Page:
When I visit book clubs or speak at book festivals, typically the first question is “did you always want to be a writer?” In my heart of hearts, I want to say “yes” and tell them how I wrote my first novel when I was ten years old and how my grandmother helped me make a cover for it out of construction paper. But the truth is that I did not come from a family of readers. I came from a family of storytellers and I’ve realized that the stories I heard from childhood have influenced my work.
Like most people, I had a teacher who inspired me to write. Her name was Linda Maultsby and she taught English my junior year of high school. (My second novel, Slow Way Home, is dedicated to her.) I was a C student at best and her encouragement was the first time I was told that I could do anything well related to school. I met with the guidance counselor and decided that I would major in public relations and hopefully land a job where I could parlay writing into a vocation. In my world, writers lived in Paris, New York or if they were from the south they were eccentric alcoholics who lived in run down mansions – they were not from a small paper mill town in Florida like the place where I grew up.
Discovering writers like Lee Smith and Pat Conroy changed all of that for me. After getting that Public Relations degree from Auburn University, I would drive around in my candy red Camaro listening to NPR and thinking that I was being sophisticated. One morning on the way to work, I heard a voice that I can only describe as honey dipped. It was Lee Smith reading about a weatherman in Memphis who had washed away his rural past and now that his mother was dying, he had to come to terms with it. I went out and bought that collection of short stories – Me and My Baby View The Eclipse — and now I’ve read everything she’s written. I love her and her work. In fact, you might say that I became a literary stalker. Yes, I went to every reading that Lee did and when I finally finished my first novel, A Place Called Wiregrass, I gathered up the courage to ask her to read it. She was kind enough to take a look at it and her words of encouragement became the endorsement that is on the cover of the novel.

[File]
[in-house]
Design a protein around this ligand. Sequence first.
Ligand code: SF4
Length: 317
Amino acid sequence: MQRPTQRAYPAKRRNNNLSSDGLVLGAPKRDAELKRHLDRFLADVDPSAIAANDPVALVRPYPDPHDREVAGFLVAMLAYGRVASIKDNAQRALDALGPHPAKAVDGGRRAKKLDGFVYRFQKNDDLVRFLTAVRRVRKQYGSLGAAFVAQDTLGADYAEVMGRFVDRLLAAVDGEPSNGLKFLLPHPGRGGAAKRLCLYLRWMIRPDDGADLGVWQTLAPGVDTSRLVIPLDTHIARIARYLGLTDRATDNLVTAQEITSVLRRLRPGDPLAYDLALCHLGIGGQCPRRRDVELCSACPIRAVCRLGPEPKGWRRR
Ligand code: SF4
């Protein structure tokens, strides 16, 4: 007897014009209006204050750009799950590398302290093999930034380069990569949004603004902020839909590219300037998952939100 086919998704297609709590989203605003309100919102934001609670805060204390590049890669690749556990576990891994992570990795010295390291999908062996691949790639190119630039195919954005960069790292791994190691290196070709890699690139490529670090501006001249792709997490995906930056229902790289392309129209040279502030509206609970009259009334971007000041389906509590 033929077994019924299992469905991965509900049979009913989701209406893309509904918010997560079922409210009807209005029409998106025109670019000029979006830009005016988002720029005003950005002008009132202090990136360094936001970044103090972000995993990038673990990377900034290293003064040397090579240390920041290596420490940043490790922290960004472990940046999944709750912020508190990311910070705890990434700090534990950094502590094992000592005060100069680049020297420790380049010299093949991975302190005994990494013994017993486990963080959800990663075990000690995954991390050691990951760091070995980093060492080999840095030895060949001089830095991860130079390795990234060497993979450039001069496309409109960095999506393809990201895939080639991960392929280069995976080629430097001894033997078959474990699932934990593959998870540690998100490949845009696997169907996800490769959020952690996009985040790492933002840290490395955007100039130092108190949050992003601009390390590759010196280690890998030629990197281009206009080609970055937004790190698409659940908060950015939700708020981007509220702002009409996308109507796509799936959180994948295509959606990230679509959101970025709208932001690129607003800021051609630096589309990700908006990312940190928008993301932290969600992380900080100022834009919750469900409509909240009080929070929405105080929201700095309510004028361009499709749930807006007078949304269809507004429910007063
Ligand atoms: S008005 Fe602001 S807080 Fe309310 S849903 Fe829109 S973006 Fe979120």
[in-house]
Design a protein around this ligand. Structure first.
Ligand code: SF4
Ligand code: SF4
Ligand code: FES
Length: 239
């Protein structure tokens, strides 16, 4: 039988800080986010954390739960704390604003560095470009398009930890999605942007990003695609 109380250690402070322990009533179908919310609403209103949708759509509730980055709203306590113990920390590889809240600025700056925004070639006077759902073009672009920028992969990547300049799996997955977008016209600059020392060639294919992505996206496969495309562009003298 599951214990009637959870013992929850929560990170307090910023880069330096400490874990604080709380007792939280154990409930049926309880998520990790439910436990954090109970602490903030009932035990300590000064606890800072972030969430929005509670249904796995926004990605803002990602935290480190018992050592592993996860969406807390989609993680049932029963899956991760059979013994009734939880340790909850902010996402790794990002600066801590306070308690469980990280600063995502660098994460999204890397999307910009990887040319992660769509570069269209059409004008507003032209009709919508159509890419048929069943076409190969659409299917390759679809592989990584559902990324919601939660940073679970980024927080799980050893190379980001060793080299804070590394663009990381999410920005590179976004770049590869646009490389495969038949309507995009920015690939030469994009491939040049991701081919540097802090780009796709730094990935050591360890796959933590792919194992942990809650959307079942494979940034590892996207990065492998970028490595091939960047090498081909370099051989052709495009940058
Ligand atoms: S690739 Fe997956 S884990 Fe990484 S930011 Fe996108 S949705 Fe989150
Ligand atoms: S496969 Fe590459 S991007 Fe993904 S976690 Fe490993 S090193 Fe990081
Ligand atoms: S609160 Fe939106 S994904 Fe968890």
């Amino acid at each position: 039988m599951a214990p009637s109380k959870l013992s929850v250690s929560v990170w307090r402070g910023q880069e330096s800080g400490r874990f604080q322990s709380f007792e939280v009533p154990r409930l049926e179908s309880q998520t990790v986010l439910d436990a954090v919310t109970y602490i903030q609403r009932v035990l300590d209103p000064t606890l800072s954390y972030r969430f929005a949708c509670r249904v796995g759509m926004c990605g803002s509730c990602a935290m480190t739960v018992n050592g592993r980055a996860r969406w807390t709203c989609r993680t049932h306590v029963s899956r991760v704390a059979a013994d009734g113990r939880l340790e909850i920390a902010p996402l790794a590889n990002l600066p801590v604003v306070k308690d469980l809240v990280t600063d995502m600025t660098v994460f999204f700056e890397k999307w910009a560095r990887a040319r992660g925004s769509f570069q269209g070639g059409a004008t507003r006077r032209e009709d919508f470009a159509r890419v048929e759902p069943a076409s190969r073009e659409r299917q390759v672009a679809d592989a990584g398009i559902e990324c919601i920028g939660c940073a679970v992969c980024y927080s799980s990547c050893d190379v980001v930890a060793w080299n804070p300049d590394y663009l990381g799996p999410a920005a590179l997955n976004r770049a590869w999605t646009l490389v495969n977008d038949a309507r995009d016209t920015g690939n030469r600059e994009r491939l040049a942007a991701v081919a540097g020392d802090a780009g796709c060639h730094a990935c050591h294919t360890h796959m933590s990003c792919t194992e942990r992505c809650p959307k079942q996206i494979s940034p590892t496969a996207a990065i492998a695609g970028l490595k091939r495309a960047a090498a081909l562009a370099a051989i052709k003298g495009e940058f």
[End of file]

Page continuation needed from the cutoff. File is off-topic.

Man in the Blue Moon is my fourth novel and I remain a devoted fan of writers like Lee Smith and Pat Conroy. And I still love to hear storytellers too. For me, it all began in my grandparents’ house, listening to those stories that are now woven into my novels.
About Ariel Lawhon
Ariel Lawhon is the co-founder of She Reads, novelist, blogger, storyteller, and life-long reader. She lives in Texas with her husband and four young sons (aka The Wild Rumpus). Ariel believes that Story is the shortest distance to the human heart.